Influential Republican operative Paul Weyrich, a close friend of Jerry Falwell, told Dartmouth College historian Randall Balmer in 1990 “that the Christian Right was originally founded, not on evangelicals’ opposition to abortion, but rather on opposition to the attempts of the IRS to desegregate Christian academies” (59). In the next blog post, we will see how effective they were. The likes of Falwell thankfully lost on the issue of segregation (see the two images above), but as we are now witnessing in the federal courts and the Supreme Court itself, Trump has now amply fulfilled his promise to the “court evangelicals,” as Fea calls them. In his first three years in office, he has appointed 194 federal judges and two Supreme Court justices, all apparently to their liking.

Clergy were often seen in the courts of medieval monarchs, but Pope Pius II admonished his clergy to stay away from the kings’ courts, because it would be difficult for them to “rein in ambition, suppress avarice, tame envy, strife, wrath, and cut off vice, while standing in the midst of these [very] things” (117). Fea gives an example of how court flattery was on “full display” when President Trump invited his evangelical courtiers to the Oval Office on the occasion of the announcement of “a National Day of Prayer for the people of Texas and Louisiana who were hit by Hurricane Harvey”:


“Those in attendance used the opportunity to praise Trump for all he was doing for evangelical causes. Ralph Reed commended him for ‘acknowledging that God is our source of unity as Americans.’ Gary Bauer compared Trump to Washington and thanked him for defending the Judeo-Christian roots of America, alluding to the passage in the Declaration of Independence about rights coming from ‘our Creator.’ He then proclaimed America to be a ‘shining city on a hill.’ Paula White expressed gratitude for Trump’s practice of ‘calling our nation to God’ and for ‘always’ putting ‘God first.’ Trump sat at his desk, occasionally nodding his head in approval, and soaked in the adulation. [Robert] Jeffress closed the meeting in prayer. He described Trump as ‘a gift to the country’ raised up by God to bring ‘healing’ to a divided America” (119-120).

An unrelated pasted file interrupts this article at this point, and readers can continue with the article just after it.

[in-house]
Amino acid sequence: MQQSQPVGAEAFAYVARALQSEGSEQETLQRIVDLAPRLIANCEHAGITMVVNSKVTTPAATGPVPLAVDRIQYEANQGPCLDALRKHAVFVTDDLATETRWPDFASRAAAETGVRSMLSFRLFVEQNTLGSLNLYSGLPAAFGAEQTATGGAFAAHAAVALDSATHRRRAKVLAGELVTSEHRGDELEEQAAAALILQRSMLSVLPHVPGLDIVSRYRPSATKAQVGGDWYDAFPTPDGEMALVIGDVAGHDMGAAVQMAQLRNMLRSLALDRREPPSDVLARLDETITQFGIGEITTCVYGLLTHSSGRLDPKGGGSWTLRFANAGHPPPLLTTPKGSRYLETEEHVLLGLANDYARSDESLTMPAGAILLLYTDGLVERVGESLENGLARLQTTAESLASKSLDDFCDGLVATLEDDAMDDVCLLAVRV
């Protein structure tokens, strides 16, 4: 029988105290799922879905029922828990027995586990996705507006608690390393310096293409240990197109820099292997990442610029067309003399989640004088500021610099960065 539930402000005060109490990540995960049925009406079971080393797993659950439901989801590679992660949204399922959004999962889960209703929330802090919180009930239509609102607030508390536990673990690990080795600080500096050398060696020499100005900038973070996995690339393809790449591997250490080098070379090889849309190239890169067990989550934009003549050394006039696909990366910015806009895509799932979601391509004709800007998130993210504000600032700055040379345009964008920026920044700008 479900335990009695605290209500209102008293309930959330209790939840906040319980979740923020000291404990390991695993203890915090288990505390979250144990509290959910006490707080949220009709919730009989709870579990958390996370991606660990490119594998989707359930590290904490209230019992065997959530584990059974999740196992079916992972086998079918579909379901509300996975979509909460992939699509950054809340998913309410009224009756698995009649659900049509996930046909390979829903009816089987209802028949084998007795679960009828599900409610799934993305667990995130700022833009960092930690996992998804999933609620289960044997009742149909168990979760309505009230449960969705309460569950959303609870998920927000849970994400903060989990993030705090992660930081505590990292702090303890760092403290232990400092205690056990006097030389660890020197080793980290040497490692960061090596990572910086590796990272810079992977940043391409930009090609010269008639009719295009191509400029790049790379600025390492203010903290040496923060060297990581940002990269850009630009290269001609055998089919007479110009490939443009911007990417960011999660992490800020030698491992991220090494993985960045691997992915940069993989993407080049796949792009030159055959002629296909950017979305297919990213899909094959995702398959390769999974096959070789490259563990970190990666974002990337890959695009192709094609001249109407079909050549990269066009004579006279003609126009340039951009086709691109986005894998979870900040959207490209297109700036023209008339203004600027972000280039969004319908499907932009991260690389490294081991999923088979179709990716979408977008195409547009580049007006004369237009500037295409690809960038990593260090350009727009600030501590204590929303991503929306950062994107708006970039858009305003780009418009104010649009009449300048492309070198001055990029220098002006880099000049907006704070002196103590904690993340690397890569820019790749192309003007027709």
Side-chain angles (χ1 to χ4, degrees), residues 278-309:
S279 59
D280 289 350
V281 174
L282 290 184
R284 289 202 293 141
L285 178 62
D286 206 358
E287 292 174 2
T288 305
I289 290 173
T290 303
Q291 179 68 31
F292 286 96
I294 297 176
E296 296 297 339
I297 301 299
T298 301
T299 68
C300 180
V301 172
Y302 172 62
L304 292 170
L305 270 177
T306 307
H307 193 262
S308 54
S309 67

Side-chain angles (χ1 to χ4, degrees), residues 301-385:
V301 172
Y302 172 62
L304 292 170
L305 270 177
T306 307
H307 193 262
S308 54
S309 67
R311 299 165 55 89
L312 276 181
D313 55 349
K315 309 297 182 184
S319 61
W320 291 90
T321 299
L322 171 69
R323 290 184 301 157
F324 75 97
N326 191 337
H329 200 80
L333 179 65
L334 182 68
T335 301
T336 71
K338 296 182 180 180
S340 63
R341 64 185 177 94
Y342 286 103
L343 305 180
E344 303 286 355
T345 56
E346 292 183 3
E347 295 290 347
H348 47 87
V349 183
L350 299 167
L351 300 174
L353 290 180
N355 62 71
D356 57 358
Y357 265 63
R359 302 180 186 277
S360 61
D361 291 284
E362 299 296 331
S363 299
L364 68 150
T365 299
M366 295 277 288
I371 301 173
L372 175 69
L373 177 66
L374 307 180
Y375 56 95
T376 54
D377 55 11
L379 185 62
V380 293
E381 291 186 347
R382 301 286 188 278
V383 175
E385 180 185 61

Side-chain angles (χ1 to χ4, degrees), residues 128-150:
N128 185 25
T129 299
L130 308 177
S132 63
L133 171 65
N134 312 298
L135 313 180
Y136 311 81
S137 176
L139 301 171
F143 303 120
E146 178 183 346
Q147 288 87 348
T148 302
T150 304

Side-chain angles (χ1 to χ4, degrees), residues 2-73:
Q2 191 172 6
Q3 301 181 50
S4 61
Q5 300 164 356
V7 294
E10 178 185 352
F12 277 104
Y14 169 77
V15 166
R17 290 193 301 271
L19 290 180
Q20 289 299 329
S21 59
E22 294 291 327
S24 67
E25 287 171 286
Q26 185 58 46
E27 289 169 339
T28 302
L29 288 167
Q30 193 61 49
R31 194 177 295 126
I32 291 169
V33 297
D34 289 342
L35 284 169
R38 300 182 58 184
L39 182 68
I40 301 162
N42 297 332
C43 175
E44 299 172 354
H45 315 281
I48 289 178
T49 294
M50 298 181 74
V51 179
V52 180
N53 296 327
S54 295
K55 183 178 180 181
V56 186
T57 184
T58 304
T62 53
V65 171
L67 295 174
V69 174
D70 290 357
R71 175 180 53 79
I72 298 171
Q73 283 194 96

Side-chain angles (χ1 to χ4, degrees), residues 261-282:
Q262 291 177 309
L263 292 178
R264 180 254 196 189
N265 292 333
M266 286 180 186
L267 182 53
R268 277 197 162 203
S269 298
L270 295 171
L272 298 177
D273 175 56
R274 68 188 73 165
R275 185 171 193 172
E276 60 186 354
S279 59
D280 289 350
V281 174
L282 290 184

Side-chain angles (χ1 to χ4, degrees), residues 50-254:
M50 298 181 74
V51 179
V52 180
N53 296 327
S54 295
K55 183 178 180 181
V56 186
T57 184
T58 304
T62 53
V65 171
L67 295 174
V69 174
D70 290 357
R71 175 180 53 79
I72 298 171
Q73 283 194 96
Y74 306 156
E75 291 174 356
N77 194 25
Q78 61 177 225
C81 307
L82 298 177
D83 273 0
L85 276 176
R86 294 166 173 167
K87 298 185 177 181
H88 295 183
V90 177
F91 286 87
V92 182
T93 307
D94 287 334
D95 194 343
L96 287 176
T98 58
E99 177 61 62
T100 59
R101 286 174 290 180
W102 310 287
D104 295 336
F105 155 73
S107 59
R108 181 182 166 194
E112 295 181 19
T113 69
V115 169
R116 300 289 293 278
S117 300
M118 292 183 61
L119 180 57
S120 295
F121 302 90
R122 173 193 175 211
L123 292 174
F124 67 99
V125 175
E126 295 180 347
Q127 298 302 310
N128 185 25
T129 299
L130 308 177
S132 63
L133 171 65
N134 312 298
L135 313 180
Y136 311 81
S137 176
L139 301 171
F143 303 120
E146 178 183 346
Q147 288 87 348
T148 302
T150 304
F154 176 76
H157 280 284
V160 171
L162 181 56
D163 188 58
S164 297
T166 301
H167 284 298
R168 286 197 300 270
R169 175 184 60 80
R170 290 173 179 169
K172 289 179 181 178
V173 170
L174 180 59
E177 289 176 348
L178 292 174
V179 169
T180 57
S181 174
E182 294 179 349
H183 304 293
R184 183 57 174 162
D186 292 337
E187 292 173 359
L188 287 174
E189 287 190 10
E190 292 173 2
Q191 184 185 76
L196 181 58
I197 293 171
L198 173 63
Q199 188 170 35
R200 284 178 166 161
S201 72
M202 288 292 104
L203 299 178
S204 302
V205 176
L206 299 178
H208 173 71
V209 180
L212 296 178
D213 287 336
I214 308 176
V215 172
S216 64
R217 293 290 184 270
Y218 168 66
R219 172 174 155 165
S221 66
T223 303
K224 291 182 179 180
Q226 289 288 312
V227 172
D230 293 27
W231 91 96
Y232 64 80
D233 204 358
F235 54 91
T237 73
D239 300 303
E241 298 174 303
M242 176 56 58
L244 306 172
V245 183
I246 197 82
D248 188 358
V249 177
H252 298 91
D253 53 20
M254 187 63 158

The last pillar of American Christian nationalism is its goal to “make America Christian again,” which nicely dovetails with Trump’s slogan to “make American great again.” In both cases, you might ask, why the nostalgia? My family and I, along with many members of our congregation, joined a crowd in front of our county seat in Media, PA, for a vigil lamenting the brutal killing of George Floyd and dozens other people of color killed by racist police brutality in our nation. The hour-and-a-half vigil was sponsored by the local chapter of the NAACP and the Media Fellowship House, an interfaith initiative founded in 1944 in reaction to a local restaurant refusing to serve two African American women and a baby. One black speaker expressed perfectly the sentiments John Fea reports in his book when he attended an evangelical conference on racial reconciliation as a keynote speaker. Having listened to a number of black pastors, he admitted, “I came face to face with the reality that African Americans have very little to be nostalgic about.” He explained,


“When African Americans look back, they see the oppression of slavery, the burning crosses, the lynched bodies, the poll taxes and literacy tests, the separate by unequal schools, the ‘colored-only’ water fountains, and the backs of buses. Make America great again?” (155).